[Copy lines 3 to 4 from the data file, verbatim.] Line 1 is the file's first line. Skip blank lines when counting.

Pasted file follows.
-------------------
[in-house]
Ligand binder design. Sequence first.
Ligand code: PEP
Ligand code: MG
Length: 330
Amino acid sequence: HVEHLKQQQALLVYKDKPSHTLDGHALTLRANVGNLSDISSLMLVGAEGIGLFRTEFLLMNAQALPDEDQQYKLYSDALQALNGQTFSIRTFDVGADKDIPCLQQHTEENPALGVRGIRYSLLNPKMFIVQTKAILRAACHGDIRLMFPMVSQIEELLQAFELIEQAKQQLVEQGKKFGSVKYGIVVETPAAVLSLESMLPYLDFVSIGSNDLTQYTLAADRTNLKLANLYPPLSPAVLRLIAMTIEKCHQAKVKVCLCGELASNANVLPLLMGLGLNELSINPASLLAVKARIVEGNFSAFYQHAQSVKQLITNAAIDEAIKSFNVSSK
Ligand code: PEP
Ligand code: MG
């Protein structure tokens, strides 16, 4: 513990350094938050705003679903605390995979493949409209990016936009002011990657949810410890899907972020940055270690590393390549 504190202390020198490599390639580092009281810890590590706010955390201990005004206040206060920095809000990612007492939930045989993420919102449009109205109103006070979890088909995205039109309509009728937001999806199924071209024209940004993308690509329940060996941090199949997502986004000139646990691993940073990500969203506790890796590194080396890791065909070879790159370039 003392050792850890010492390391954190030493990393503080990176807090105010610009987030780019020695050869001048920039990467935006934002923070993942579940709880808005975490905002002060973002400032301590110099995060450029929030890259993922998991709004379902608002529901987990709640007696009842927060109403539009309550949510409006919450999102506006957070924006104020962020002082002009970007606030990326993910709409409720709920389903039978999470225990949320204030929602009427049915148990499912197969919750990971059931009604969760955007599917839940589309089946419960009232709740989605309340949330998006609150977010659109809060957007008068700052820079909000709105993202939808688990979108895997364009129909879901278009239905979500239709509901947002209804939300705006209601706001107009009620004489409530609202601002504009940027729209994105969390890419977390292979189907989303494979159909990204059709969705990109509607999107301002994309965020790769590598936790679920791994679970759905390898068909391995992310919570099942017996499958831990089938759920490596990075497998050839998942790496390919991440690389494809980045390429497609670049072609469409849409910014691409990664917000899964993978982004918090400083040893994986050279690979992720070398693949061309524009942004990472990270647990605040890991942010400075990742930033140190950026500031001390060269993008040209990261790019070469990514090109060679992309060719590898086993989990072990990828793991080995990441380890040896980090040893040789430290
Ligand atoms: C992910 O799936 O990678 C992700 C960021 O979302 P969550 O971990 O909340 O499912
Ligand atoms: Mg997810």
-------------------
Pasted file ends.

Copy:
Ligand code: PEP
Ligand code: MG